Namirnica životinjskog porekla, nije uvek korišćena za ishranu, maže se na hleb.
ETYM Old Eng. botere, butter, AS. butere, from Latin butyrum, Greek boytyron; either from boys ox, cow + tyros cheese; or, perhaps, of Scythian origin. Related to Cow.
1. A fighter who strikes the opponent with his head.
2. An edible emulsion of fat globules made by churning milk or cream; for cooking and table use.
Solid, edible yellowish fat made from whole milk. Making butter by hand, which is done by skimming off the cream and churning it, was traditionally a convenient means of preserving milk.
The transfer of butter making from a farm-based to a factory-based process began in the last quarter of the 19th century, with the introduction of centrifugal separators for the instant separation of cream from milk. It could then be conveyed into large steam-powered churns. Today, most butter is made on a continuous system devised in Germany during World War II. Inside a single machine, the cream is churned, the buttermilk drawn off, and the butter washed, salted, and worked, to achieve an even consistency. Color and flavoring may be added. A continuous stream of finished butter is extruded from the machine ready for wrapping.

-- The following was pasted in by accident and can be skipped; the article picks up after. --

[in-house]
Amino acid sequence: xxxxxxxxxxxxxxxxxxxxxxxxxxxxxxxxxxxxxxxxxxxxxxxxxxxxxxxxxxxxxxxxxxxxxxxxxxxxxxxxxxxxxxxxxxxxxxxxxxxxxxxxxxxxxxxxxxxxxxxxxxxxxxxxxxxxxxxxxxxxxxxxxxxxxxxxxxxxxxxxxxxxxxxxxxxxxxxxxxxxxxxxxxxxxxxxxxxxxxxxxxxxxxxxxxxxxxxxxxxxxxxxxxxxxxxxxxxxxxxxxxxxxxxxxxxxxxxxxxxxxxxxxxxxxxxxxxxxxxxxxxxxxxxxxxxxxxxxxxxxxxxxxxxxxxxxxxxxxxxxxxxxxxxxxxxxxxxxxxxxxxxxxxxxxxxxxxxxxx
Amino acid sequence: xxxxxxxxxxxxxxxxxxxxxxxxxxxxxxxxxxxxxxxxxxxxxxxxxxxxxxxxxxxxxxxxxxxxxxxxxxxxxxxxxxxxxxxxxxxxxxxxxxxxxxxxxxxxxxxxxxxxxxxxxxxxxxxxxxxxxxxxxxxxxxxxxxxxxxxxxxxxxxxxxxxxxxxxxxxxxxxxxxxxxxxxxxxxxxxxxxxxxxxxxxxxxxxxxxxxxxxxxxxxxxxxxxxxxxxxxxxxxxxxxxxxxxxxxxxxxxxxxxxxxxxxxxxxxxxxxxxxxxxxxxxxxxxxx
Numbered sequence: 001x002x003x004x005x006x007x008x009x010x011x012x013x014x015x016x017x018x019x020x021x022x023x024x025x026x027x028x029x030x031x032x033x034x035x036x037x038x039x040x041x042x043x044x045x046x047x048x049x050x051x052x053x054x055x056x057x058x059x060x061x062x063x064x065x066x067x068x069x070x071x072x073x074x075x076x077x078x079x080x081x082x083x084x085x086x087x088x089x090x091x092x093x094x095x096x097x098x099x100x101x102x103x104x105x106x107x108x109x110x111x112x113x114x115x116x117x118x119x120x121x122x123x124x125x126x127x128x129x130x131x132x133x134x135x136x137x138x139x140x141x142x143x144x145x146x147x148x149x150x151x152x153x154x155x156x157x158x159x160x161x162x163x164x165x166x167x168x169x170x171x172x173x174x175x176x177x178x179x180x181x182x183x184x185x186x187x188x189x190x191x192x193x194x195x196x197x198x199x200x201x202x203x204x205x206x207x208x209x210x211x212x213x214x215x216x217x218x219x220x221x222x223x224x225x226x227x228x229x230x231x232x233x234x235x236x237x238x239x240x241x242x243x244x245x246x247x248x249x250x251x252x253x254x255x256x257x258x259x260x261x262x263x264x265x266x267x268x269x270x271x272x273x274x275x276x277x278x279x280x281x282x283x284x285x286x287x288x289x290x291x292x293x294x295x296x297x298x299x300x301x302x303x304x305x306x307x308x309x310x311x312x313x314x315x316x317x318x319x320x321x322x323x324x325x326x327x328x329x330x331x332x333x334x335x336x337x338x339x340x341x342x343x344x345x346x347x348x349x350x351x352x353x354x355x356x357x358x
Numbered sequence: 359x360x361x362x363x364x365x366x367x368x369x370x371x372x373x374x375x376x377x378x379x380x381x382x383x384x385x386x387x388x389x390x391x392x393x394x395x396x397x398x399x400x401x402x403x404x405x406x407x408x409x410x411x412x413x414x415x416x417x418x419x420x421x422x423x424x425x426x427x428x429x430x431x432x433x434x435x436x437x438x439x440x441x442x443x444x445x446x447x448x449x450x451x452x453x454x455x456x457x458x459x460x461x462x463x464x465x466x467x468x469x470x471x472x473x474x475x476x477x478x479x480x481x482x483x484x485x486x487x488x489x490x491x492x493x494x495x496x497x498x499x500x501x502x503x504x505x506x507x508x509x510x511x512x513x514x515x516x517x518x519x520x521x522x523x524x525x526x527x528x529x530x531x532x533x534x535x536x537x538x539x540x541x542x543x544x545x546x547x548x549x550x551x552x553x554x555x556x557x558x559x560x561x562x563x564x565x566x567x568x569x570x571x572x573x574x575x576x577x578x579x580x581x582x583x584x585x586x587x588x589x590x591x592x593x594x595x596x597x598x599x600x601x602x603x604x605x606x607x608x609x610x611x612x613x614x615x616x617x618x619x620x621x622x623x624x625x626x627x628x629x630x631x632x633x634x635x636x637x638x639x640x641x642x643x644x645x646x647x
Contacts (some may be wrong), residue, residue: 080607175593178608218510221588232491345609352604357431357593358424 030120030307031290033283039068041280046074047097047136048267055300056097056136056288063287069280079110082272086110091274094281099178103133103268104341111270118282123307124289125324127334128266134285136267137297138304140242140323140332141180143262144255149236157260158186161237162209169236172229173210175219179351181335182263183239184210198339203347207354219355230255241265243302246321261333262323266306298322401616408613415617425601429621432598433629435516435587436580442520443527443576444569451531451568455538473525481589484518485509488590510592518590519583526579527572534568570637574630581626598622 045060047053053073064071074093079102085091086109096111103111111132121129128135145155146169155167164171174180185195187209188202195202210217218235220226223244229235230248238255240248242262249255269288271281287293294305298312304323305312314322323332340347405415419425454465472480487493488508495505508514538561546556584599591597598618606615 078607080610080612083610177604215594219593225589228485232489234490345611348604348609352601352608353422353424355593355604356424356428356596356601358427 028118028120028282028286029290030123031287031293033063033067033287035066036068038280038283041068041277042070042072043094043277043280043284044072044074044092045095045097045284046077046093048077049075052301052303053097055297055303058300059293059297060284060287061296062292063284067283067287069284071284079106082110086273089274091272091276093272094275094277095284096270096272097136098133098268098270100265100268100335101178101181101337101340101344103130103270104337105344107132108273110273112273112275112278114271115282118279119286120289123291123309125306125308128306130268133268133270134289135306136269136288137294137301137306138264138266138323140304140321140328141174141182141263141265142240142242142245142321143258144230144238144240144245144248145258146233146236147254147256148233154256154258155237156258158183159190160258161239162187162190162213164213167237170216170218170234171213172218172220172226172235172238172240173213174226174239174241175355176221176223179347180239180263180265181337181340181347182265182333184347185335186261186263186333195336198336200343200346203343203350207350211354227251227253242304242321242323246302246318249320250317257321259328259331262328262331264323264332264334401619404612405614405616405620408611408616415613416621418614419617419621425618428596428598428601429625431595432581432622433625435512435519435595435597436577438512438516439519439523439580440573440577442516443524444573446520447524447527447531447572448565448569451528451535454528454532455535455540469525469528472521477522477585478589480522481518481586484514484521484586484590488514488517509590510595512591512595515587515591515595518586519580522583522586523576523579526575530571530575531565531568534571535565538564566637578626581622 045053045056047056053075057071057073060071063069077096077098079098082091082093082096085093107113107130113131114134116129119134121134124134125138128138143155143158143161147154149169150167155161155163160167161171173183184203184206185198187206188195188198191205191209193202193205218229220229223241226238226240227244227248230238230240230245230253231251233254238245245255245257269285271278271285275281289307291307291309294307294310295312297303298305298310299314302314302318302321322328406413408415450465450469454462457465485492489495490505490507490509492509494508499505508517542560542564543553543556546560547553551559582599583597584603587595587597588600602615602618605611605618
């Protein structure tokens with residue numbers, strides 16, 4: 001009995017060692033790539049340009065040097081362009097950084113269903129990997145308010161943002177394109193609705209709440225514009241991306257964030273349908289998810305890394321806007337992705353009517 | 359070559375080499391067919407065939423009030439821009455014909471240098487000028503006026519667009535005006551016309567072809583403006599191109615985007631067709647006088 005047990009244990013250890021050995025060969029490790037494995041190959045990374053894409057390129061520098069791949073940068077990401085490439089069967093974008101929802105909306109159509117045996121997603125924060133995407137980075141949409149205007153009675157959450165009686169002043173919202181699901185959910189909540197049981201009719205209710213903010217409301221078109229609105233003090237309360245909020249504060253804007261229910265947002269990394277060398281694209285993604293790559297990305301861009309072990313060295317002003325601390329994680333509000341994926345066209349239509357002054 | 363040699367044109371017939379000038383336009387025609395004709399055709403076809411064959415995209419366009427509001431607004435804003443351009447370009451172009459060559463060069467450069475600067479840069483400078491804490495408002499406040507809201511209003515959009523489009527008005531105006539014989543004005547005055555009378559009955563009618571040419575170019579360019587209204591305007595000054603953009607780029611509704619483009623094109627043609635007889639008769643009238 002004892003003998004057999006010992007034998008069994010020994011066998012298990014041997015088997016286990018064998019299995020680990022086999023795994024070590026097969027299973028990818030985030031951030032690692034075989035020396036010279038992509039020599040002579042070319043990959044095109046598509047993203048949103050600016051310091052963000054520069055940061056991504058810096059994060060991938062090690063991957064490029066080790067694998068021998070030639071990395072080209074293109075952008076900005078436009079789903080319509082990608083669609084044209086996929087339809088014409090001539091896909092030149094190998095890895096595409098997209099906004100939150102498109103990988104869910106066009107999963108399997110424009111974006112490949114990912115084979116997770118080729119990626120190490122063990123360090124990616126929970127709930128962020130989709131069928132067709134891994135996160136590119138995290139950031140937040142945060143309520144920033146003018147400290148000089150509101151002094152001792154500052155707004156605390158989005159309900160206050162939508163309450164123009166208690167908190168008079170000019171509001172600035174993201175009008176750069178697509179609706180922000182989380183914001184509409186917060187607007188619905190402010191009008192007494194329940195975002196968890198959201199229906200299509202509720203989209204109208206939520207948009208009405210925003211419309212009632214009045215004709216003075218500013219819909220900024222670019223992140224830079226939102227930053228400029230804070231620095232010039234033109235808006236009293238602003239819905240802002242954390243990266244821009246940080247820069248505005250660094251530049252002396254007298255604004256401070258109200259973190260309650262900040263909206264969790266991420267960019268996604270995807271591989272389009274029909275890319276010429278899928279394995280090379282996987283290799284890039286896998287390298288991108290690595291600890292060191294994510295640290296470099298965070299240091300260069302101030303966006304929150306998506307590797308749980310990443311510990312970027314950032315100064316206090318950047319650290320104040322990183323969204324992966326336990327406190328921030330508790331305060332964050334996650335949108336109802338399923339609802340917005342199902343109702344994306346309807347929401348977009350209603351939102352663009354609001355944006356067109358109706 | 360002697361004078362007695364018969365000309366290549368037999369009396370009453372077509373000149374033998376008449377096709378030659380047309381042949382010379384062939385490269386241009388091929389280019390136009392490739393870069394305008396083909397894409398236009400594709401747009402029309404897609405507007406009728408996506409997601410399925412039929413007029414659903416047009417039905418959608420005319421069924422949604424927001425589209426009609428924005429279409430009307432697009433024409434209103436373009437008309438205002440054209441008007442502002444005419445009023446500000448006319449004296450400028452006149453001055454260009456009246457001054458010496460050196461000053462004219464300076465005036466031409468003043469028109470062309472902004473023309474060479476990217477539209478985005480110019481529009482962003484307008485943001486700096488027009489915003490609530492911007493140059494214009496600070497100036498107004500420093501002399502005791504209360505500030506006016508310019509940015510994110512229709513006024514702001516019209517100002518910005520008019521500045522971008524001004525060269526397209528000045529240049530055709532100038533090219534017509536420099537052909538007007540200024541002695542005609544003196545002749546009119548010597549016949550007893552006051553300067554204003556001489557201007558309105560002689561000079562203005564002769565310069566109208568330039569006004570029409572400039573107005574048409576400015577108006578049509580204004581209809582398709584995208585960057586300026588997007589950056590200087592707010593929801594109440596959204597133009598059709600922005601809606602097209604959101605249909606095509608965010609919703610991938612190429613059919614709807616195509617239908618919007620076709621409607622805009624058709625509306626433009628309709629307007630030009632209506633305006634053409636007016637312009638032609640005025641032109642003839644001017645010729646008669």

Salted butter has a longer shelf-life than sweet butter, salt being added as a preservative.